Koble’s mobile health app supports families going through planning, pregnancy, postpartum, and return-to-work following parental leave, and provides parents with personalized guidance as they grow their family.
Maple’s platform allows patients to connect directly with doctors and specialists for medical care in minutes from their smartphone or computer, 24/7, and also provides custom technology solutions for employers, insurers, hospitals, and clinics.
Through the partnership, Koble’s healthcare services will be available to Maple’s community at a 25 per cent discounted rate. Additionally, Maple members will now have access to Koble’s evidence-based resources, developed and curated by its clinical team.
“One of the unique factors of this app is that we’re inclusive and we also are longitudinal, providing that support, not just from one type of health care professional, but from the multiple interdisciplinary healthcare professionals that people need during this journey,” said Dr. Yolanda Kirkham, chief medical officer of Koble and an obstetrician-gynecologist.
The collaboration is Koble’s largest partnership to date, and it aims to provide more Canadians with access to healthcare.
“Virtual care has increased exponentially…As a gynecologist, I’ve seen immediate postpartum patients in the emergency room, and that’s not the most welcoming place for them with a new baby. So sometimes there are some conditions that may not need an emergency room visit or a wait of several hours. Having that access to sort out whether they need to go to an emergency room can be helpful, and they can get that kind of immediate care from virtual healthcare,” Kirkham said.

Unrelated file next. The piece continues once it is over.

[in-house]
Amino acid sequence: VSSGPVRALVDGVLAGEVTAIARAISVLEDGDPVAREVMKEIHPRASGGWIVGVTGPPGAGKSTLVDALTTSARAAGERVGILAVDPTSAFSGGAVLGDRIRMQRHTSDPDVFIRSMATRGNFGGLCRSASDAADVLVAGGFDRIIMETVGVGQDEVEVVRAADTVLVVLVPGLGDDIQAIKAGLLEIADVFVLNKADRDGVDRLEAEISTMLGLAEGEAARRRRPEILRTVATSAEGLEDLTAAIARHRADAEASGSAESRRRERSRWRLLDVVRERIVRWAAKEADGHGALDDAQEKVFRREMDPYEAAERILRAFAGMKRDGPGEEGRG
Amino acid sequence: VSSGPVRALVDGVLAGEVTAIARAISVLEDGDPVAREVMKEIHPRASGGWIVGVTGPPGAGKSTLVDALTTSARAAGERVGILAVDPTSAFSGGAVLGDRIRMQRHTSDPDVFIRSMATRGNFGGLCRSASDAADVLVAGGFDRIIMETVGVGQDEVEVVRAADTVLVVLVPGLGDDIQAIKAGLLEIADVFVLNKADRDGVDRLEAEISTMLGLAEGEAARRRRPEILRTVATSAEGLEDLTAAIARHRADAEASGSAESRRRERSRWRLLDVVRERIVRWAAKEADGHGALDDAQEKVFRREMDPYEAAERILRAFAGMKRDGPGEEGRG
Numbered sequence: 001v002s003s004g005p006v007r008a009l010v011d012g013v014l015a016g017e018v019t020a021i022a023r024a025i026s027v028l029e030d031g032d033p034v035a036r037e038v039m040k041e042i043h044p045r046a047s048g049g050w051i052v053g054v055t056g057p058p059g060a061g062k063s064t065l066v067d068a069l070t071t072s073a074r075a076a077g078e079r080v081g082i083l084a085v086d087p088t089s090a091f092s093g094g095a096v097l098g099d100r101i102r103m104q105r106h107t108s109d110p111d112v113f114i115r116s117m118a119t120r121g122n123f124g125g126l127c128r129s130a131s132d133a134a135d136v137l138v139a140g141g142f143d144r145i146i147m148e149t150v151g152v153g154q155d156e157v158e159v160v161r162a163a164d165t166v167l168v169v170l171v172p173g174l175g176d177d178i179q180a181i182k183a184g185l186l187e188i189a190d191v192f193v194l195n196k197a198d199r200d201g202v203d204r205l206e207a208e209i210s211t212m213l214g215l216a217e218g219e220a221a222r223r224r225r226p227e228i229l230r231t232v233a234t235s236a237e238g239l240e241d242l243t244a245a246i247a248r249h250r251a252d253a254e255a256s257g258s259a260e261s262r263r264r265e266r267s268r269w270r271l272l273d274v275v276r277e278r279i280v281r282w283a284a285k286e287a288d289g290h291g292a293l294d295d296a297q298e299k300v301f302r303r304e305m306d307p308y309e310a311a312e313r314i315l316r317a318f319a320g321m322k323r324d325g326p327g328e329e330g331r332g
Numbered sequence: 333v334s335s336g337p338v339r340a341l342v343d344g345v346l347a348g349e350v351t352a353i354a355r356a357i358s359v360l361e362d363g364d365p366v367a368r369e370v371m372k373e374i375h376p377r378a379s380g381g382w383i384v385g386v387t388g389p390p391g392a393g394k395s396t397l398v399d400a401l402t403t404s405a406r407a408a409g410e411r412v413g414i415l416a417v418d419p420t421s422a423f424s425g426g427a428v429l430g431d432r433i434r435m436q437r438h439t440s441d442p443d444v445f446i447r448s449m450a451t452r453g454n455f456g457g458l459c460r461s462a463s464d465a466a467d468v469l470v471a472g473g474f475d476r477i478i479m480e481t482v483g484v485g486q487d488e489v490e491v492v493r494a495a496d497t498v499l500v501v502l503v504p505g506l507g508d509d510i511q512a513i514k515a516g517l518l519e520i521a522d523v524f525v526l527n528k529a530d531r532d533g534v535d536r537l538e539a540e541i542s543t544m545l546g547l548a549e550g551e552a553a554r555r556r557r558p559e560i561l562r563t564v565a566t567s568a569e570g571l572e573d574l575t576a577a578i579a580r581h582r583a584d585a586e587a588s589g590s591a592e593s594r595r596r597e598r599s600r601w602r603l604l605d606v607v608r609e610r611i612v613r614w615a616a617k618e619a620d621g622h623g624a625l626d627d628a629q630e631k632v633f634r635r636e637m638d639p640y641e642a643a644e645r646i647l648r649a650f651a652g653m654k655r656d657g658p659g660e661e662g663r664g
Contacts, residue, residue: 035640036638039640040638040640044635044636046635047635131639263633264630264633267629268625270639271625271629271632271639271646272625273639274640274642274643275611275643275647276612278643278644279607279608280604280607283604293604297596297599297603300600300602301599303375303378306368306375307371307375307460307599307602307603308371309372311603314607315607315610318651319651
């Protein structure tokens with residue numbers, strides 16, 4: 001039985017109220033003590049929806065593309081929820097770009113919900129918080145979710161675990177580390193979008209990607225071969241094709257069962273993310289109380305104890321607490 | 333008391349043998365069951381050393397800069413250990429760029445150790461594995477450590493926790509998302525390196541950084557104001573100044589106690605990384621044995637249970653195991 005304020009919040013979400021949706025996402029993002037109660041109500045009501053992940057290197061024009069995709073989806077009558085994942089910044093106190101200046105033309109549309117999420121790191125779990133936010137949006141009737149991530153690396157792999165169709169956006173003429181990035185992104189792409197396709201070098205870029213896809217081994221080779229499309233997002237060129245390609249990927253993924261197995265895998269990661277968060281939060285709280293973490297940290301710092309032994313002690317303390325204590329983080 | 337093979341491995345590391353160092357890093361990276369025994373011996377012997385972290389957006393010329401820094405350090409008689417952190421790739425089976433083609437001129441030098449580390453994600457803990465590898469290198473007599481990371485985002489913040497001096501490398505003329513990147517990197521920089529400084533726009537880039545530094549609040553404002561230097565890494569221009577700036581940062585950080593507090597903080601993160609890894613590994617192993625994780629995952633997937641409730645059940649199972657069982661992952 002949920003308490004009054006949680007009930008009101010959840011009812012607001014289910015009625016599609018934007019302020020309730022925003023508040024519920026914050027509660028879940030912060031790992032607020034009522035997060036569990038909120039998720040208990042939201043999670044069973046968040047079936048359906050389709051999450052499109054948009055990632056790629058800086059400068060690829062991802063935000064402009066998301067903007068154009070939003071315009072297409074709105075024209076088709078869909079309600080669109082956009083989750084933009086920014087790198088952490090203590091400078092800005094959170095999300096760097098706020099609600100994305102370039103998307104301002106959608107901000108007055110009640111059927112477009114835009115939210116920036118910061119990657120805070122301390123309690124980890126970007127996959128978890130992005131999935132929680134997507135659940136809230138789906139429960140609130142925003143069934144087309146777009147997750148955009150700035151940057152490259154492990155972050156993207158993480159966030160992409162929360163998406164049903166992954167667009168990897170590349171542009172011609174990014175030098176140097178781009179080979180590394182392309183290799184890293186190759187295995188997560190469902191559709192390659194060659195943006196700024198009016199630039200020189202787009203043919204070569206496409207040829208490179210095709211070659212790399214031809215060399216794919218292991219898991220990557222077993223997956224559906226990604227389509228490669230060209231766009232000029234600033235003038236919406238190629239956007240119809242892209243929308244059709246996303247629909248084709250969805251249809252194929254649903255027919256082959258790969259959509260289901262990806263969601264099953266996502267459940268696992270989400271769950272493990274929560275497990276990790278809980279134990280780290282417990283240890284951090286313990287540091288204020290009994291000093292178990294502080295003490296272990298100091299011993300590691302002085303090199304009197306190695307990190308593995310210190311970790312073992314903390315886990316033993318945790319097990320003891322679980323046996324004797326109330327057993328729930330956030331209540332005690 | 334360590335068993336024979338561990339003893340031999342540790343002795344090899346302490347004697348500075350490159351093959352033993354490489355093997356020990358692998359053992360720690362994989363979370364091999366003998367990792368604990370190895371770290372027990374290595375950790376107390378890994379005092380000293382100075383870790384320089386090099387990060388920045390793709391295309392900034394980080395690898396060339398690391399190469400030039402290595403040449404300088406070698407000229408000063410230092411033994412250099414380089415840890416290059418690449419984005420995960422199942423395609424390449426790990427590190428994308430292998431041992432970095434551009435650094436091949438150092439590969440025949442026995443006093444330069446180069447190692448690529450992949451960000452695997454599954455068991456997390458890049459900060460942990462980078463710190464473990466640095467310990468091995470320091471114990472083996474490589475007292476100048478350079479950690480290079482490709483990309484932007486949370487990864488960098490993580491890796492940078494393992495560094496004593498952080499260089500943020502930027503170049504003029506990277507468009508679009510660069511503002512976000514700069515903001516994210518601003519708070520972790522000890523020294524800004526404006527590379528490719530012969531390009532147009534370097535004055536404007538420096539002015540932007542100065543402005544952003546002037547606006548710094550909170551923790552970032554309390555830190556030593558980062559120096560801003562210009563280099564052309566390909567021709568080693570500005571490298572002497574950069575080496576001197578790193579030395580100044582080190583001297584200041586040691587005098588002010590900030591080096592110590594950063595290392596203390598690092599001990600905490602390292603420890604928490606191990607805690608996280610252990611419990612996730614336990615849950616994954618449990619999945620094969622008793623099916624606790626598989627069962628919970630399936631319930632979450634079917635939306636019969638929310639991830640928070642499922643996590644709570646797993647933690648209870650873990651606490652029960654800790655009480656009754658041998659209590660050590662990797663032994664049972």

Additionally, Koble’s resources will ensure new parents are getting the right information from a reliable source.
“Knowledge translation is very important. And there are all these medical facts that we know, but they’re not sometimes easily accessible to people. So making sure that all of our health professionals provide both clinically and evidence-based information is important.”
The partnership will also ensure that new parents in rural areas across Canada, and those who don’t have access to a family doctor, get the resources they need.
“When we talk about healthcare access in rural and urban areas, that differs dramatically. You may not have access to the same types of specialists. And then also the lack of a family doctor. The family doctor is such an important person in postpartum care, for example, and a lot of people don’t have a family doctor.”
Kirkham said family doctors are excellent for postpartum care because they look after the mother and also the baby, while being skilled in all sorts of diagnoses. However, those without access to a family doctor can have access to virtual care easily with Koble and Maple.
Many parents leave the hospital with their newborn child with minimal direction or understanding of the ongoing support they’ll need, she observed. Feelings of being overwhelmed, and of isolation can also affect the mental health of new parents. But tele-health platforms and virtual health care have made it much easier and less stressful for new parents to get the information they need.
“I feel like the pandemic really has helped to expedite what was needed, which is more accessibility and virtual care. Just seeing all the number of patients that are so grateful that they don’t have to drive a long distance to see someone, or have access to someone they might not have in their care community, is rewarding. And certainly, it is a hope of doctors that the government will just continue to support it because it improves people’s productivity, not having to miss work or if they have a small child, finding childcare and such,” she added.
Maple members can register here for Koble.